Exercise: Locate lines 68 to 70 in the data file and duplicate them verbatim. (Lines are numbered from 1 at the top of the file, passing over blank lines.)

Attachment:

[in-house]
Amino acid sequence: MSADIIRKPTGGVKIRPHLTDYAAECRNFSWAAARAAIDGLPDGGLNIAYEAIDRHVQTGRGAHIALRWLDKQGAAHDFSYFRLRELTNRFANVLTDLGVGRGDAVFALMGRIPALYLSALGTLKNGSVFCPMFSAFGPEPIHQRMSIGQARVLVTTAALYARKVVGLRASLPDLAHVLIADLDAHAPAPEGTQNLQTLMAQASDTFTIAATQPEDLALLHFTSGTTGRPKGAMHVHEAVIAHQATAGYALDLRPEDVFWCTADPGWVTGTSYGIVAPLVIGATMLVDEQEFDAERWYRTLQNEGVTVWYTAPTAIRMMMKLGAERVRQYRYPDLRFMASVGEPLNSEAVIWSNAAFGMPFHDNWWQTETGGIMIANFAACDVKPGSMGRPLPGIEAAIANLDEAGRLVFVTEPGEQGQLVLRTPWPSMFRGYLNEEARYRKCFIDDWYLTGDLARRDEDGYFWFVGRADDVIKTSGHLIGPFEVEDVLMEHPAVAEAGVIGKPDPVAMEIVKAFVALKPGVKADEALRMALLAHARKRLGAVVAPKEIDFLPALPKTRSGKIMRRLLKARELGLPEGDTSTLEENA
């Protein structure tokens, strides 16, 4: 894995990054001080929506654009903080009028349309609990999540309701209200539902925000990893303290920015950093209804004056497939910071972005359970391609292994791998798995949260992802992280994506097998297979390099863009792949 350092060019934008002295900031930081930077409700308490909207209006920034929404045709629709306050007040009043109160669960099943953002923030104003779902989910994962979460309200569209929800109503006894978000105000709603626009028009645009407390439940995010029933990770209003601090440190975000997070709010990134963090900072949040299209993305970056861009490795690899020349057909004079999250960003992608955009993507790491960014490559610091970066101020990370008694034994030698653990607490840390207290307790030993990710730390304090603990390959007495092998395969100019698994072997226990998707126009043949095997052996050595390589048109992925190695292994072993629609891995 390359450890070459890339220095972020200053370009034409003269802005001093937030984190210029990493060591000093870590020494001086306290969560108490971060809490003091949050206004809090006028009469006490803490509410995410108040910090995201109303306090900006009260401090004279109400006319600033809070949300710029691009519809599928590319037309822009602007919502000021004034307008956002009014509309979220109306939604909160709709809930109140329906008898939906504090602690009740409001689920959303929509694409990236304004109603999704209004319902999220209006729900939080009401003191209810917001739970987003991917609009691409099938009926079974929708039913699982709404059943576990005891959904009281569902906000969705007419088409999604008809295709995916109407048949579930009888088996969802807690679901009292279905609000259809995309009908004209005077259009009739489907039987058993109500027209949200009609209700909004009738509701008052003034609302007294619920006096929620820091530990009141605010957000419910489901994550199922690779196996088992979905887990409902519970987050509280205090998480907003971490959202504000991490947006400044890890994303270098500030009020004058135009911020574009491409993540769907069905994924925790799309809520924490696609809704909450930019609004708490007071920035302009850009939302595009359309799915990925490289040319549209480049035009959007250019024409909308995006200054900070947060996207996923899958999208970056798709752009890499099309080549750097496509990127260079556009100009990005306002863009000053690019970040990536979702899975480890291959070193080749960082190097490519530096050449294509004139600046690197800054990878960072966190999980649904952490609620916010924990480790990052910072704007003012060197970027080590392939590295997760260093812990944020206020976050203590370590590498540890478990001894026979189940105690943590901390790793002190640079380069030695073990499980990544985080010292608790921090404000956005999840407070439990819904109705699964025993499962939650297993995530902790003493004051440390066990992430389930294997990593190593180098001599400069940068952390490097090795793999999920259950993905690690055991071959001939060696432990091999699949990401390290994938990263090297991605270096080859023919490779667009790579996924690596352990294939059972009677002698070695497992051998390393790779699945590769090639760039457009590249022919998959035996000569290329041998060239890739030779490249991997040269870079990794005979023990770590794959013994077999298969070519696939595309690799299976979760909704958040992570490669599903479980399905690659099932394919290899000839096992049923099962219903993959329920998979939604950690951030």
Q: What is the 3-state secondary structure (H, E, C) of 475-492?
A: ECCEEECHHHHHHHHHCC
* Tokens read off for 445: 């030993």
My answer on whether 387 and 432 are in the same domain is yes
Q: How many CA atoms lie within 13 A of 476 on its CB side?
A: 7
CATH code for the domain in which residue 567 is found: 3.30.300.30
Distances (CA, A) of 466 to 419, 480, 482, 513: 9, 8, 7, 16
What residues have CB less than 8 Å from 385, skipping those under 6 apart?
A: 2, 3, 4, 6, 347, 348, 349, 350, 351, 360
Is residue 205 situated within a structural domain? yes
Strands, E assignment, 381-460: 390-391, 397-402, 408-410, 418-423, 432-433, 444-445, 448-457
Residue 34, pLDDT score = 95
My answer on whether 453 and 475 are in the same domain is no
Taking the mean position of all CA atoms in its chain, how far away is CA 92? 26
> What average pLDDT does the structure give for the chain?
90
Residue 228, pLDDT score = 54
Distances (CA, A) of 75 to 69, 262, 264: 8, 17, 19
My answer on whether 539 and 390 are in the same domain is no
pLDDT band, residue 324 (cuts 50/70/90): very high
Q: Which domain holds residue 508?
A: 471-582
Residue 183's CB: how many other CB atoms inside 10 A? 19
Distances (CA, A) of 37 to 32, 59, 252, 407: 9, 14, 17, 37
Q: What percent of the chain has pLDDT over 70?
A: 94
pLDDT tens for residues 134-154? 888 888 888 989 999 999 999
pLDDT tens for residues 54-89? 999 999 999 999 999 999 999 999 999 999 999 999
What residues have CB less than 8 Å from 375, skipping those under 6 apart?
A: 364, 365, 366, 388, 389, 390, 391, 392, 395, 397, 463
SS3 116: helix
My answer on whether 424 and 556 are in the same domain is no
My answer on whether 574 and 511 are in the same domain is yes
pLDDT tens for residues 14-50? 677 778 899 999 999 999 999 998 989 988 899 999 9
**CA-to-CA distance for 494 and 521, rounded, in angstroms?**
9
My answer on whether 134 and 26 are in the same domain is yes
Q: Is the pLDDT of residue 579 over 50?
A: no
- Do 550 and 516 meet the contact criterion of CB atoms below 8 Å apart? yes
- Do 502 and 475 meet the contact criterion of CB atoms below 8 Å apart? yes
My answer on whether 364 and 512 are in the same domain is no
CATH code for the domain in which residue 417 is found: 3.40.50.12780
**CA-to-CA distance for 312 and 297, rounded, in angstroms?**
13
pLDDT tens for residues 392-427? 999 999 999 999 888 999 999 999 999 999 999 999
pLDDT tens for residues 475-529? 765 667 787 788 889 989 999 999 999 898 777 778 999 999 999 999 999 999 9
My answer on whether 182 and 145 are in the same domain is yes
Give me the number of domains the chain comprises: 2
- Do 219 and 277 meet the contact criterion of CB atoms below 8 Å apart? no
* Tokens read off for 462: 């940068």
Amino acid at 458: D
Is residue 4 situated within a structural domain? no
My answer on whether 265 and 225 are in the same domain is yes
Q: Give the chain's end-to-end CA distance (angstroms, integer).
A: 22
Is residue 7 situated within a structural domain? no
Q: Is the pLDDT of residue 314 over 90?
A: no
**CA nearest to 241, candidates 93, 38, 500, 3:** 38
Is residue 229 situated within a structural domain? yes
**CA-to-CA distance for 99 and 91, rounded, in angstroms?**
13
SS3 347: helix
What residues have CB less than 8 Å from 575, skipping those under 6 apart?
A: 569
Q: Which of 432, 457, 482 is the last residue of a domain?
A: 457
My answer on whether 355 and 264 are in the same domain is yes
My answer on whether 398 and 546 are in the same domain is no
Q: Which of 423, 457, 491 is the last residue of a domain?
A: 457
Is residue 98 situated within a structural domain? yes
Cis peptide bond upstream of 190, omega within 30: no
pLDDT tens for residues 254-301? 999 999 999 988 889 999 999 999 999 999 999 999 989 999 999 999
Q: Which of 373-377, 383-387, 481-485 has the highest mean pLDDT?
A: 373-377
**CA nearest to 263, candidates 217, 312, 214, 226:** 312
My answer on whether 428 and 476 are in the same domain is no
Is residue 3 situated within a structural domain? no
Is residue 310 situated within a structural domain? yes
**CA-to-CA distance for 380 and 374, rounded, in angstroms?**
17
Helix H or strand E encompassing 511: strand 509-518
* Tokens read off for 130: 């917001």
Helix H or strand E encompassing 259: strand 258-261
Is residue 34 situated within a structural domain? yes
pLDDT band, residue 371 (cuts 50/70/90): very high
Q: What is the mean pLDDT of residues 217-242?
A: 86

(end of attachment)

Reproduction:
SS3 347: helix
What residues have CB less than 8 Å from 575, skipping those under 6 apart?
A: 569